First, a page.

Obenewa has shared a new track, ‘Save Me’ produced by Ninja Tune’s Machinedrum (Azealia Banks). The new tune follows previous single releases ‘Marshmallow’, ‘He’ and ‘Solid Gold’, all issued through Kieron McIntosh’s (Plan B, Paloma Faith) new Wunderkind imprint, and due to be drawn together in an EP release this October. The new release follows slots for Obenewa singing back up for the likes of Rosie Lowe and Plan B (also contributing on two tracks from the #1 album iLL Manors) plus radio support across BBC Radio 1 & 1 Xtra and a spot on the Gilles Peterson-curated Brownswood Bubblers compilation.
A long-time hero of Obenewa’s, the involvement of Machinedrum in ‘Save Me’ came about when the American producer visited London to write with Obenewa’s close friend Rosie Lowe. Having heard Obenewa’s original a cappella sketch for the song, Machinedrum came onboard to contribute the track’s steadily ratcheting beats, which flesh out around her multi-tracked vocals. Speaking about the collaboration, Obenewa says; “Machinedrum heard the a cappella, so we sent him over the parts and he did his incredible production magic to it. Save Me, is a song I wrote about my self doubt and my over-thinking my personal life, and Machinedrum’s lively 808s perfectly offset this”.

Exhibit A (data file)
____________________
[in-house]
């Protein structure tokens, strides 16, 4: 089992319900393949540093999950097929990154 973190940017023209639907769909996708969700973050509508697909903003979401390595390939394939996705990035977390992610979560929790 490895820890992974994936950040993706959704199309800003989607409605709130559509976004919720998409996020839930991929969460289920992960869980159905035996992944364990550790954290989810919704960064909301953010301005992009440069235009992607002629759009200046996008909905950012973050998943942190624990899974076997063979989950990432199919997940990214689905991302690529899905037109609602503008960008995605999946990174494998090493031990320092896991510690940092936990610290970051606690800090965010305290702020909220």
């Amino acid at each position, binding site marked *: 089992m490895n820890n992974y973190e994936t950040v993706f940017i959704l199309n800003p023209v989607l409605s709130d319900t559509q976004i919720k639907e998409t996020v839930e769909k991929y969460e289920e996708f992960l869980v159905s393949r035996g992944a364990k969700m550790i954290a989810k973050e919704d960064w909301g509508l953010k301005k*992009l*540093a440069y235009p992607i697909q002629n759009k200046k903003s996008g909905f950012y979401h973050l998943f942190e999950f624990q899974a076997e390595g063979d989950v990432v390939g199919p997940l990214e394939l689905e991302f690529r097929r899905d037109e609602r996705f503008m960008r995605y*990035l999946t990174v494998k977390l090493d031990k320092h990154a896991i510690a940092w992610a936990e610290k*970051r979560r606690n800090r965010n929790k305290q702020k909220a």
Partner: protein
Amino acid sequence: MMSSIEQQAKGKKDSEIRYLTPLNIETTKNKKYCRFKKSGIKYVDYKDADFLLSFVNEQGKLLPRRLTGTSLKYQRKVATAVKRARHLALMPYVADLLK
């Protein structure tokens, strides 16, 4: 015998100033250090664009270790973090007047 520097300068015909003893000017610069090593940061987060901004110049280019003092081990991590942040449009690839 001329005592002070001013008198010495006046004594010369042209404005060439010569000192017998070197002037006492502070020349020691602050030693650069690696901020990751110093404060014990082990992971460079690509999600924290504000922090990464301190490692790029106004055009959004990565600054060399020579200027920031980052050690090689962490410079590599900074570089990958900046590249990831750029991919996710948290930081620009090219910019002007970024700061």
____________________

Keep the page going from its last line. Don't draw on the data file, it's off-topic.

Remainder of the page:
Classically schooled on the piano from the age of four, Obenewa’s early love for the complex romantic compositions of Debussy & Chopin made surprisingly comfortable bedfellows with the growing pull exerted by the 90s soul (Faith Evans, Jodeci) coming through the walls of her elder sisters’ bedrooms. The disparate blend of directions turning Obenewa’s head was entirely fitting for their 6-strong West London household where music was, without exception, always on- albeit often in competition with itself. Her sisters would usually be holed up blasting Mary J Blige in one room, with her Dad as likely to be spinning Pink Floyd or Donny Hathaway elsewhere in the house. Her Jamaican Mum similarly pored over Lovers Rock and Reggae (Marley’s Survival was a soundtrack staple), whilst ensuring her four daughters watched every classic musical going. The Rodgers & Hammerstein influence round the household frequently spilled over into huge gatherings (theirs was very much an open door house) round her father’s piano- ‘We kind of had a little black Von Trapp vibe going on!’
Obenewa’s voice has evidently come some way since she first discovered it, tentatively harmonising with her older sisters’ singing. Inevitably, her traditional training soon began to cede to her fledging career- the two colliding in more literal fashion when the call up to perform with Plan B came; ‘It actually came via a tweet from a friend whilst I was practising the piano- I just thought ‘I’ll read that when I’m finished playing’. When I finally read it I was like well of courseI’ll sing back-up for Plan B’. It was during said Plan B tour that Obenewa met McIntosh, impressing him with a series of a cappella song sketches.